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Harrison Street Apartments Washington, D. C.

  • Year Built: 1936
  • Architect: Appleton P. Clark
  • Built By: Clarence W. Gosnell

Designed by noted architect Appleton Clark, the Harrison Street Apartments originally comprised two blocks of five buildings, each of which contained four apartments, two up and two down.

The buildings had small front lawns and were built in the Spanish Revival style using red brick and stucco cladding with features like arched openings and decorative brick work.

Porches originally were screened. Many of the original ‘back yards’ have been converted to parking space. 

Although they were built by a private owner, the Harrison Street apartments shared the goals of the sanitary housing movement, which was spearheaded by two philanthropic organizations, the Washington Sanitary Improvement Company (WSIC) and Washington Sanitary Housing Company (WSHC), to improve living situations to working class families in neighborhoods throughout the District of Columbia.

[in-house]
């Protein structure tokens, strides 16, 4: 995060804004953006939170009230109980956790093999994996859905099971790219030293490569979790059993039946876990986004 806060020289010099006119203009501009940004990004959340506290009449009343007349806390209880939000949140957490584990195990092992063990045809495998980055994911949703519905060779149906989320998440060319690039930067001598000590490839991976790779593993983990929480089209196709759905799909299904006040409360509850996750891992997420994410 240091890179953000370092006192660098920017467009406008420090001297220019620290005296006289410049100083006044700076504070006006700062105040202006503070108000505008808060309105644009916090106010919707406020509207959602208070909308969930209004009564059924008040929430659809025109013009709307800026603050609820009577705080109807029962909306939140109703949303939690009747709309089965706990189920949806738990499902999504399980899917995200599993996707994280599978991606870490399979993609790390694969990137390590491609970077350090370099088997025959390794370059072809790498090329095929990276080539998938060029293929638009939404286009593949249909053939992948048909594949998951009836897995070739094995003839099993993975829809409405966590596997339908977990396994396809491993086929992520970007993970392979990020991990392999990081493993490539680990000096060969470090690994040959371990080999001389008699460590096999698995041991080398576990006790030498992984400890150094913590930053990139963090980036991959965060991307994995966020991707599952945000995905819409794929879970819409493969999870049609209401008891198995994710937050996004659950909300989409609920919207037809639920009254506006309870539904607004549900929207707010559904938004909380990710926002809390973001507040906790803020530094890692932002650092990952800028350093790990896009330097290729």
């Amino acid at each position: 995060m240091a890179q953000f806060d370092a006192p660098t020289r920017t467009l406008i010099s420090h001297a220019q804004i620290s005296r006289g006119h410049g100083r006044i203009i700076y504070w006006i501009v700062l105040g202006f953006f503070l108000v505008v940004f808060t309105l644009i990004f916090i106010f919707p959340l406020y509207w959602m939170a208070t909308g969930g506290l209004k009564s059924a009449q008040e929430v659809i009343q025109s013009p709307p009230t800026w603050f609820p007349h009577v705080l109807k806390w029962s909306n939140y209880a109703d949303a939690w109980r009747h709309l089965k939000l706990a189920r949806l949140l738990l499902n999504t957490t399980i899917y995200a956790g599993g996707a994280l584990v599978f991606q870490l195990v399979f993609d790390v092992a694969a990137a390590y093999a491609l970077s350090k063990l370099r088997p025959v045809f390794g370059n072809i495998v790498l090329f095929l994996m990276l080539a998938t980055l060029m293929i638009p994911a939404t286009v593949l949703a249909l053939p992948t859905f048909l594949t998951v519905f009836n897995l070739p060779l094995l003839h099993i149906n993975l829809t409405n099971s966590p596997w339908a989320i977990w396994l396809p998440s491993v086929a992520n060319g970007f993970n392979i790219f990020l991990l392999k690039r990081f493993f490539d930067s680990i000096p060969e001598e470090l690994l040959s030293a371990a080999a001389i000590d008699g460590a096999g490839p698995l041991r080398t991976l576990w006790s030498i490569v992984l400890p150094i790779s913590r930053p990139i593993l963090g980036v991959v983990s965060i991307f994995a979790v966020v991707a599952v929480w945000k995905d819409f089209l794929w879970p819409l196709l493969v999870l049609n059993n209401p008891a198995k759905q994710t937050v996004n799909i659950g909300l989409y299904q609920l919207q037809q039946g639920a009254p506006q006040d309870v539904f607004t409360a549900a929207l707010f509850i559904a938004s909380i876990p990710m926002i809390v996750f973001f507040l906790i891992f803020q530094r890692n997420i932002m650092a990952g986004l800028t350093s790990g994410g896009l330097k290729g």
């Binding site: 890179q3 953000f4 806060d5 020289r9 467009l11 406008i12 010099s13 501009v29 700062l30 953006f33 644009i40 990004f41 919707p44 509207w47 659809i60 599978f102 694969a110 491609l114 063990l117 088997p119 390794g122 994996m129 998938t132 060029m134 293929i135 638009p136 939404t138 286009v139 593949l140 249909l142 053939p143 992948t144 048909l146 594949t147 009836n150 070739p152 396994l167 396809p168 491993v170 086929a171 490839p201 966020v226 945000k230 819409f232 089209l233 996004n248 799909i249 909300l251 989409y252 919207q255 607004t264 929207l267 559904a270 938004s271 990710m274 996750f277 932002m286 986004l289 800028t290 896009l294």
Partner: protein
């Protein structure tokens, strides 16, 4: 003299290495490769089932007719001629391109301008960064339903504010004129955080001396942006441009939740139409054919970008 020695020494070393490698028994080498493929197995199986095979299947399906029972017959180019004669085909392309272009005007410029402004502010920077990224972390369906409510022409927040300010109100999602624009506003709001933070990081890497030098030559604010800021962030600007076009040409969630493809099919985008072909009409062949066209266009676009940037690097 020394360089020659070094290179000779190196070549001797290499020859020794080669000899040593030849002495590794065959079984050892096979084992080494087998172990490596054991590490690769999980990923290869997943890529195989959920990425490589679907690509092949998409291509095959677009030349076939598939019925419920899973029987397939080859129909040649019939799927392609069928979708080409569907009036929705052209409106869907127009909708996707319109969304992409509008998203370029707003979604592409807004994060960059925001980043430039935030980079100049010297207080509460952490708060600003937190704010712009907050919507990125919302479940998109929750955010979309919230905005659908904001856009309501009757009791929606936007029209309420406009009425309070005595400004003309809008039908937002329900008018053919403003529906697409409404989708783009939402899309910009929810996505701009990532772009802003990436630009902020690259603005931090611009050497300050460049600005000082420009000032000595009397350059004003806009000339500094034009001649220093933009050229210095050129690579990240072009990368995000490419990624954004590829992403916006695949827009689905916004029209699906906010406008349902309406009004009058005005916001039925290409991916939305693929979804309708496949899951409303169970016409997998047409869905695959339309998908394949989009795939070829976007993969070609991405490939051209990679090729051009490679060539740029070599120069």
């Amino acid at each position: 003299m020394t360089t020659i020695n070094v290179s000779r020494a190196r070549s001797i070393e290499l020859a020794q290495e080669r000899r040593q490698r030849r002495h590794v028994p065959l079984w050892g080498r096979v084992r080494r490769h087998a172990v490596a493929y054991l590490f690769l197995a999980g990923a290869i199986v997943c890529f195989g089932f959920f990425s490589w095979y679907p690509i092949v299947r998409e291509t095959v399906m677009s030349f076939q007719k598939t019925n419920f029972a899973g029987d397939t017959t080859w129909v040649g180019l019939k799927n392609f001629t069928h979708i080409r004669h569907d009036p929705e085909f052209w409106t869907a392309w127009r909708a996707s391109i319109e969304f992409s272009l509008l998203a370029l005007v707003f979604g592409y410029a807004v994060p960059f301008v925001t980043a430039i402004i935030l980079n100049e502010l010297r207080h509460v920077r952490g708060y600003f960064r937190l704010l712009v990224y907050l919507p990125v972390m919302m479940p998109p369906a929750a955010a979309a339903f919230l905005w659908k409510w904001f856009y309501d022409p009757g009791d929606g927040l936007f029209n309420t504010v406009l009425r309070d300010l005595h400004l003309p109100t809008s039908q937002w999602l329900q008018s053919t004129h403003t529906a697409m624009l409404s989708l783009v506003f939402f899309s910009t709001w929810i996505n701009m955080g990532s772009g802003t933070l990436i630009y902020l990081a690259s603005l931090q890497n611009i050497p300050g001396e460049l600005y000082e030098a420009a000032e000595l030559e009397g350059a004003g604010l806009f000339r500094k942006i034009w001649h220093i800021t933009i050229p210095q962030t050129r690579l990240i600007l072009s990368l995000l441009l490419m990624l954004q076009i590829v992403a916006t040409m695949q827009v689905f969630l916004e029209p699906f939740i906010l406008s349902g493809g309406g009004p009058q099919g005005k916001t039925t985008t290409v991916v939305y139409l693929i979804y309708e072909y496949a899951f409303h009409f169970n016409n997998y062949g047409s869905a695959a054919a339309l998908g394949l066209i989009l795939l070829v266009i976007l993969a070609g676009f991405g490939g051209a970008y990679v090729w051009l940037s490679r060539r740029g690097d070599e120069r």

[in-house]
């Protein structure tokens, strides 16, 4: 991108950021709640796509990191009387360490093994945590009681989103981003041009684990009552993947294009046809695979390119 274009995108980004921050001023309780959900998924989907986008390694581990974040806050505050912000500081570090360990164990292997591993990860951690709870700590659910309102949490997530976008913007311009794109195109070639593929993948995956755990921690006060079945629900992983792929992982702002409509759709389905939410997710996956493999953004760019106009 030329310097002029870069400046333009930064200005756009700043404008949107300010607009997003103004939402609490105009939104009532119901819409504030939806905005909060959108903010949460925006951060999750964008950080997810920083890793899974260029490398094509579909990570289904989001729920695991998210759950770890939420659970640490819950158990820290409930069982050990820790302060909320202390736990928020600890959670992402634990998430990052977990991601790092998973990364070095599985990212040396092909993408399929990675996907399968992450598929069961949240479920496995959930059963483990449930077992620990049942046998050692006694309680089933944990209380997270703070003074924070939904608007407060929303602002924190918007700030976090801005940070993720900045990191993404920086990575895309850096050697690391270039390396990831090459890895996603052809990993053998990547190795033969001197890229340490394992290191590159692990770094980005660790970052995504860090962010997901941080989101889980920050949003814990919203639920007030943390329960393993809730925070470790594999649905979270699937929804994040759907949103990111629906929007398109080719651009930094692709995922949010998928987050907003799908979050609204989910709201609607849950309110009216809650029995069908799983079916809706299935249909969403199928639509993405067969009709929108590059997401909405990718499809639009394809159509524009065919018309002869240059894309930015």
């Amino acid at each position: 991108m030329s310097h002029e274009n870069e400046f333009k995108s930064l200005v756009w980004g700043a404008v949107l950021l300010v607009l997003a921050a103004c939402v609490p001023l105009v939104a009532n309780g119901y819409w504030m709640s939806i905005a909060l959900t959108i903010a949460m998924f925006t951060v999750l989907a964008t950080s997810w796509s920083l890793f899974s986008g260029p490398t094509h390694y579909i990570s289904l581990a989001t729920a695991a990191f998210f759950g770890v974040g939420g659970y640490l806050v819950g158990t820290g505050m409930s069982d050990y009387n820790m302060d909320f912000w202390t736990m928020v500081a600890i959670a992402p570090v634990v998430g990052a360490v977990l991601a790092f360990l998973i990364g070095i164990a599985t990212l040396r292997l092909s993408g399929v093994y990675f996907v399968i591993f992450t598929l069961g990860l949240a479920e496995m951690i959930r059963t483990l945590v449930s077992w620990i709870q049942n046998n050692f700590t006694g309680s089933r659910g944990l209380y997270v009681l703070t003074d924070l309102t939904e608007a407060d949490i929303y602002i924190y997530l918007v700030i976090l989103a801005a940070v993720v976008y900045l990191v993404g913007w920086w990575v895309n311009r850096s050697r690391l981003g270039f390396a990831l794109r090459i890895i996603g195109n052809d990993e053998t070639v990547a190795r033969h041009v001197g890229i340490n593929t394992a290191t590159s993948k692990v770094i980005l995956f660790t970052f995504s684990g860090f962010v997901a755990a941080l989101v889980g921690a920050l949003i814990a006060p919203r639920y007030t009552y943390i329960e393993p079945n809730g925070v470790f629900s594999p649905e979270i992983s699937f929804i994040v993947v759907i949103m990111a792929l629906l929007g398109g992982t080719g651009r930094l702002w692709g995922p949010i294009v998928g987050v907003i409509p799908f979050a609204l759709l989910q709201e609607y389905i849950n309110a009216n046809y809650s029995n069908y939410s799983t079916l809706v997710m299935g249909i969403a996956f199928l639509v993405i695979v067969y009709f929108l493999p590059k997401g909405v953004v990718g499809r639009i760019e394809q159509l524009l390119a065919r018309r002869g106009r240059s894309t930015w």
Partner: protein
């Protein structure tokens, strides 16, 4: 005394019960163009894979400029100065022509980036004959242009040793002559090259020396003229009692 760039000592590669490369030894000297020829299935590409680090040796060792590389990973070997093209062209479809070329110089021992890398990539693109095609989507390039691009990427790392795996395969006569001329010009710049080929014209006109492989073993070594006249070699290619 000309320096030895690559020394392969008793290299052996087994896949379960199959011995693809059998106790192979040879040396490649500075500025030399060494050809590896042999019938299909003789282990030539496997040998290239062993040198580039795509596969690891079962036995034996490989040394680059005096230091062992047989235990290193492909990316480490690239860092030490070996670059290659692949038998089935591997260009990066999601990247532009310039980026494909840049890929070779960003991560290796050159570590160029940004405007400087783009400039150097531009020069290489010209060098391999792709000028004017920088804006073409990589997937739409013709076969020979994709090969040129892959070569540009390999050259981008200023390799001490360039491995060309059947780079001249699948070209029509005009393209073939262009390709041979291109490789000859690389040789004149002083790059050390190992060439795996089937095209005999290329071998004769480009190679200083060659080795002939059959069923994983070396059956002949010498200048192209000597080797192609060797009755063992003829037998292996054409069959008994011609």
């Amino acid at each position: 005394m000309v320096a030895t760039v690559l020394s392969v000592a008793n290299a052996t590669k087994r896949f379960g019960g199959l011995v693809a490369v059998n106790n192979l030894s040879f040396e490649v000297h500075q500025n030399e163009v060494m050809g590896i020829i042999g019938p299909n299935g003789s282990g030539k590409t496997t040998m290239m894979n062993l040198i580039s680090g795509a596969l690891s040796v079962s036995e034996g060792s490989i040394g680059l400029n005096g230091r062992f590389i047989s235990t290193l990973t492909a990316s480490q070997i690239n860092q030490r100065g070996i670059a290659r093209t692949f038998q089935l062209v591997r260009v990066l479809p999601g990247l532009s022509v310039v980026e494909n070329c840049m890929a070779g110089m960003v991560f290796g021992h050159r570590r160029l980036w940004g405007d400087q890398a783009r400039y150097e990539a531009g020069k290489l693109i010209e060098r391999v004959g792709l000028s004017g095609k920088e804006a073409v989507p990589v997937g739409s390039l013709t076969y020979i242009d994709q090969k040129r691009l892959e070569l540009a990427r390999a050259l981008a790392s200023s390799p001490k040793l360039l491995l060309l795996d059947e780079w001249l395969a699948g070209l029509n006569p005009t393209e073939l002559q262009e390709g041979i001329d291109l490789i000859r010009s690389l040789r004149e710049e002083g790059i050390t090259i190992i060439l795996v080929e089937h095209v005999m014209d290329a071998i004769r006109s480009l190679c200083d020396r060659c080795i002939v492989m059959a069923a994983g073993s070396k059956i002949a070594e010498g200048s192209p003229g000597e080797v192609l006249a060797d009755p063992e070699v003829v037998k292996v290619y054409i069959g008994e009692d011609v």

The Harrison Street apartments were strategically situated next to the Western Avenue Bus Garage and the no longer extant Tolman Laundry on Wisconsin Avenue, both of which businesses employed workers lower on the pay scale.

At the time they were built, Friendship Heights was growing quickly as farmland underwent suburban subdevelopment.

According to architectural historians Emily Hotaling Eig and Laura Harris Hughes, because they resembled single-family housing this type of apartment was easily integrated into existing residential neighborhoods and “provided hesitant potential occupants with familiar aesthetic standards, making the new form a more satisfactory, and even comfortable choice” in comparison to large apartment buildings.

THS and the DC Preservation League nominated the buildings for inclusion on the DC Inventory of Historic Sites in 2017.  At the time, one of the original buildings had been replaced by condominiums.  The nomination was not successful.  Today, several more of the buildings have been replaced with contemporary condominiums.  Four of the original buildings remain.

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